When to test hep B immunity
When giving hepatitis B immunizations, should we follow up with an antibody test to see if they’ve been effective? RICHARD McCAMMON, MD, Winnipeg, MB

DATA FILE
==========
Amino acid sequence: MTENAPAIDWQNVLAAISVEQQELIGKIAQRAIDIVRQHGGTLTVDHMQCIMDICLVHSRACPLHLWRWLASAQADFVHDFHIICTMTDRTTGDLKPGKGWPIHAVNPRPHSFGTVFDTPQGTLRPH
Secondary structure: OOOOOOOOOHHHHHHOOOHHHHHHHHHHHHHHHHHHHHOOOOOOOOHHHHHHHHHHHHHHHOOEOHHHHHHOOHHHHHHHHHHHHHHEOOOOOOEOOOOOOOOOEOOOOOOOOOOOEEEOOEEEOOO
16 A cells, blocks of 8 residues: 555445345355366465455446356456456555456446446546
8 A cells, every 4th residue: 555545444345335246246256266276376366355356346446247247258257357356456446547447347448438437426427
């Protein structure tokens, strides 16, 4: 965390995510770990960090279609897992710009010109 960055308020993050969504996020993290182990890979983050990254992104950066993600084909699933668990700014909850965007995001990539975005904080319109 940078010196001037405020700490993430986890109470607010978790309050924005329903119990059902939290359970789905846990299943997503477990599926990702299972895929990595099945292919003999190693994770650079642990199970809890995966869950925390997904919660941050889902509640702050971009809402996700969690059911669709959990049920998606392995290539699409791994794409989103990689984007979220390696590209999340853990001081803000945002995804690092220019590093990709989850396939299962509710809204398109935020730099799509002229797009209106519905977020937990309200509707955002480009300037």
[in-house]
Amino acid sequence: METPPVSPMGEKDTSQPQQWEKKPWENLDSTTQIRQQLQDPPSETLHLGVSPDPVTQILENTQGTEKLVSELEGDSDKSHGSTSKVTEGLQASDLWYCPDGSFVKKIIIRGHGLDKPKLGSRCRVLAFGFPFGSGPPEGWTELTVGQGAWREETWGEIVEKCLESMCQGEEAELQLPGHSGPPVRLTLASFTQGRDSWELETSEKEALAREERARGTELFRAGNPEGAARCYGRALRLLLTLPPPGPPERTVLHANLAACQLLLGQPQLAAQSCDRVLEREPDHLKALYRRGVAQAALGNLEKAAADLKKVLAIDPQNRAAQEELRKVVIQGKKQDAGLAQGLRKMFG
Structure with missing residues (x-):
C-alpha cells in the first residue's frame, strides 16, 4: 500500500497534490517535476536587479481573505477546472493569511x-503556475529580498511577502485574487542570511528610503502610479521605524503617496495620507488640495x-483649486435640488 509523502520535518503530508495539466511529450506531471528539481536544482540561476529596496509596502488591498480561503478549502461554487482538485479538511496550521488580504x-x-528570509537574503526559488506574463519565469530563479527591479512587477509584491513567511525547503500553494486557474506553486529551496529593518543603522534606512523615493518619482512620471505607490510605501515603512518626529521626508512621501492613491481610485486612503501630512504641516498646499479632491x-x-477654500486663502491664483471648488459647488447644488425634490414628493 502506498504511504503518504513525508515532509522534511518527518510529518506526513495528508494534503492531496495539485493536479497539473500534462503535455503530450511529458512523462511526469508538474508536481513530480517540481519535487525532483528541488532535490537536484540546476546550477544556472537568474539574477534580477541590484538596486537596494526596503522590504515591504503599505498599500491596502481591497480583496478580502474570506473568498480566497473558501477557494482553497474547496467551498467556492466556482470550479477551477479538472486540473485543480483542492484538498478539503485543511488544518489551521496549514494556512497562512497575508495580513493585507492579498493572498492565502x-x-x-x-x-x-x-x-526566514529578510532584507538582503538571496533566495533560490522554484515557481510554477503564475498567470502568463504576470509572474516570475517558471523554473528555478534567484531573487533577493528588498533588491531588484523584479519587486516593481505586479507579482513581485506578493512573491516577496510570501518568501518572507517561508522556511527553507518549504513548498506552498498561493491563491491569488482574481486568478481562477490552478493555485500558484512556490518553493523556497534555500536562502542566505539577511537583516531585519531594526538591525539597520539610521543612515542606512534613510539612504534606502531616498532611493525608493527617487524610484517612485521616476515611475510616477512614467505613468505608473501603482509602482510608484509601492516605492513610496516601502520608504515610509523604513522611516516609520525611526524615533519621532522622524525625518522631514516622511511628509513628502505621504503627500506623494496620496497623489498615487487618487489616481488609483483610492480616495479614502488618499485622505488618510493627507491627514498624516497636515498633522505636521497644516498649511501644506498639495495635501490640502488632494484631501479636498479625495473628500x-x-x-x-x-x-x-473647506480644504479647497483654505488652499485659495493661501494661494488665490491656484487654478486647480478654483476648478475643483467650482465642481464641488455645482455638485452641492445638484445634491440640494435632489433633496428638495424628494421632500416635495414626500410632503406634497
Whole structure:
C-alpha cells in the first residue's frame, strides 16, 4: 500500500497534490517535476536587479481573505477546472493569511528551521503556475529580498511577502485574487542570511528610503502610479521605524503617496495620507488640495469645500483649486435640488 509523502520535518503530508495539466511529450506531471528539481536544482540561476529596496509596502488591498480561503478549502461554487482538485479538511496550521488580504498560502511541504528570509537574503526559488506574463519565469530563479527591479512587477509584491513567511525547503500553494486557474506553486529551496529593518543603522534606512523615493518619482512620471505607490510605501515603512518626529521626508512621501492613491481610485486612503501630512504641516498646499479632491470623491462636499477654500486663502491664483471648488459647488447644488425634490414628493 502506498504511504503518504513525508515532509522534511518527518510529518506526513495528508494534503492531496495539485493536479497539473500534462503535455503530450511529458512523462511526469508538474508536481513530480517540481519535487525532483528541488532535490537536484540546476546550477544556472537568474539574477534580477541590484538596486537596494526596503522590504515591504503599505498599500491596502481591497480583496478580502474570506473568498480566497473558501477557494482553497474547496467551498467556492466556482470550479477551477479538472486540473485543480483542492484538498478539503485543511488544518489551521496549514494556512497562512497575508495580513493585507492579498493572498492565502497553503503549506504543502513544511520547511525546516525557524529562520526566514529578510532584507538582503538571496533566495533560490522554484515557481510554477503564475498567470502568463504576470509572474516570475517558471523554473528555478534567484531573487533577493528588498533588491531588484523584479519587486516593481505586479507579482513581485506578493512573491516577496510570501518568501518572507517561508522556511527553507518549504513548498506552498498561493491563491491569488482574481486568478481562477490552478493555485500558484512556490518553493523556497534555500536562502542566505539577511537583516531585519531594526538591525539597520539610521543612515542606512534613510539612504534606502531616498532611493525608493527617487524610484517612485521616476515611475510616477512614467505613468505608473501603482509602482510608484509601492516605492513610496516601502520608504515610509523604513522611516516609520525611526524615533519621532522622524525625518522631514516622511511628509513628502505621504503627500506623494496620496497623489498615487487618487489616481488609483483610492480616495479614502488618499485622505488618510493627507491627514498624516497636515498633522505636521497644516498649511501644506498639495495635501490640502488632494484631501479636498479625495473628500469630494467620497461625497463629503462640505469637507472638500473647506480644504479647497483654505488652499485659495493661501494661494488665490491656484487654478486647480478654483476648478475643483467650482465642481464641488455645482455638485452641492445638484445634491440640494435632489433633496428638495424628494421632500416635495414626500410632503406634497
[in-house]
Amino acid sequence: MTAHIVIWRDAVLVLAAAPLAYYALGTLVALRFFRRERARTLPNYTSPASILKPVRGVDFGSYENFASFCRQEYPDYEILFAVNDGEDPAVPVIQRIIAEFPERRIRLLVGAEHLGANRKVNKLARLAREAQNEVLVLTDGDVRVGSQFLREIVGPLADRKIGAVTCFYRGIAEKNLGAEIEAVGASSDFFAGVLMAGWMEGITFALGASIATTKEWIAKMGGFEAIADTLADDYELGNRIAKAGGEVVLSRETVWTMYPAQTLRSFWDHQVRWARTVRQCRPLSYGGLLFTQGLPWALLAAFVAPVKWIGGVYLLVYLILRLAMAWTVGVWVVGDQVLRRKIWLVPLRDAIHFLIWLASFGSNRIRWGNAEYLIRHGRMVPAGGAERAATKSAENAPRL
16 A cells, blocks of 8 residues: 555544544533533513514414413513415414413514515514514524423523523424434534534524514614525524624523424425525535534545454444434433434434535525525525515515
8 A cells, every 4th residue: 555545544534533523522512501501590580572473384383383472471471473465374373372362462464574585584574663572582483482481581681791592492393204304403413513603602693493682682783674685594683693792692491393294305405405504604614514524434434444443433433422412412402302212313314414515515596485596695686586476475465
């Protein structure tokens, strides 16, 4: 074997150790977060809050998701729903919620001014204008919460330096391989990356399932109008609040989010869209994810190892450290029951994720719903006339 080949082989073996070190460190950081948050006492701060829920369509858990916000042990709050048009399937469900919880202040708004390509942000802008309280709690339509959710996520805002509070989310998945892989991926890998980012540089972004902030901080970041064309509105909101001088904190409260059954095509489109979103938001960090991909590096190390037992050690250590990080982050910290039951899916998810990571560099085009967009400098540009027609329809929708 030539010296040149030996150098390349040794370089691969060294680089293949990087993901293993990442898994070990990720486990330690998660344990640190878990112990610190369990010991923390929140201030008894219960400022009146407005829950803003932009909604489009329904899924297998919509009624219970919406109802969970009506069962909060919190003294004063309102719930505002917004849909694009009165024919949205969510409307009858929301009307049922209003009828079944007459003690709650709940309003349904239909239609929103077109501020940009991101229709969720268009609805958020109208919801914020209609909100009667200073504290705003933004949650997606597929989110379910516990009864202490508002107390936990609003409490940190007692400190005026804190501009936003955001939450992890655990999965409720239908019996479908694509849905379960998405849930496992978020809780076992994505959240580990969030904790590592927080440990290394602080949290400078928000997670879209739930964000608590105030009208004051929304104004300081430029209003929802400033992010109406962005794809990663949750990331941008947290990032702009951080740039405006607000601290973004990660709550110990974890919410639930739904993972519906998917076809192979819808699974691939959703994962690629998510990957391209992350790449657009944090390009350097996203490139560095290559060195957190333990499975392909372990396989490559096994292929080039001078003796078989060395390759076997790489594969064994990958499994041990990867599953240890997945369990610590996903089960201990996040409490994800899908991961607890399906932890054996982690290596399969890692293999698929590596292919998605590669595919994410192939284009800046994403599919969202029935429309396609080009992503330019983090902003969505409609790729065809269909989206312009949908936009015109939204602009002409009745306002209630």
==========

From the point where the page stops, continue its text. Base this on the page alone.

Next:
Not in most cases. Ninety-five percent or more of otherwise healthy individuals will demonstrate seroprotective levels of antibody if tested following a standard three-dose series with hepatitis B vaccine. Given the high rate of response, routine serologic testing isn’t recommended for most vaccines, such as those in universal school-based programs. The decision whether to document seroconversion is primarily based on the reason why the individual is being vaccinated and the expected risk of future exposure. If a seroprotective level of antibody (>/= 10 IU/L) is detected post-vaccination then the individual is considered a responder and therefore immune. Post-vaccination testing for immunity is recommended for people at higher risk for hep B infection such as household contacts of a hepatitis B carrier or healthcare workers. This is because if sero-negative they will be offered a second series of vaccine. In addition, knowledge of prior seroconversion status will influence the decision on whether to treat with hep B immune globulin in the event of an exposure such as a needlestick injury.